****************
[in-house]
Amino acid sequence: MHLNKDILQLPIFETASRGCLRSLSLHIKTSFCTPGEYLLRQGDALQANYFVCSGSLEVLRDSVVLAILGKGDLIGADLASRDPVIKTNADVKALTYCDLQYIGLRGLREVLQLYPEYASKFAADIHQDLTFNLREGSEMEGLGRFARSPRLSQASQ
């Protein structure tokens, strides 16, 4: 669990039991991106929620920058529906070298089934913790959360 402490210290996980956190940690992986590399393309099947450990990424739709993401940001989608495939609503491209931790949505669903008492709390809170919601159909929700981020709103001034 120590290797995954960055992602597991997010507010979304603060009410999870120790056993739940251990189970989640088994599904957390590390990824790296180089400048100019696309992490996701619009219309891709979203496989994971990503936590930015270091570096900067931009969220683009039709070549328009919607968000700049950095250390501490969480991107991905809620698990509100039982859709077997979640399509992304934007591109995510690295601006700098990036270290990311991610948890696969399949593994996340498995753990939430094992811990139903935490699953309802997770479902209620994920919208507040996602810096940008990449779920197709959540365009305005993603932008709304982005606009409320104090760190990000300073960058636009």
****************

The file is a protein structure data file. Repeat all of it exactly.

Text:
[in-house]
Amino acid sequence: MHLNKDILQLPIFETASRGCLRSLSLHIKTSFCTPGEYLLRQGDALQANYFVCSGSLEVLRDSVVLAILGKGDLIGADLASRDPVIKTNADVKALTYCDLQYIGLRGLREVLQLYPEYASKFAADIHQDLTFNLREGSEMEGLGRFARSPRLSQASQ
């Protein structure tokens, strides 16, 4: 669990039991991106929620920058529906070298089934913790959360 402490210290996980956190940690992986590399393309099947450990990424739709993401940001989608495939609503491209931790949505669903008492709390809170919601159909929700981020709103001034 120590290797995954960055992602597991997010507010979304603060009410999870120790056993739940251990189970989640088994599904957390590390990824790296180089400048100019696309992490996701619009219309891709979203496989994971990503936590930015270091570096900067931009969220683009039709070549328009919607968000700049950095250390501490969480991107991905809620698990509100039982859709077997979640399509992304934007591109995510690295601006700098990036270290990311991610948890696969399949593994996340498995753990939430094992811990139903935490699953309802997770479902209620994920919208507040996602810096940008990449779920197709959540365009305005993603932008709304982005606009409320104090760190990000300073960058636009």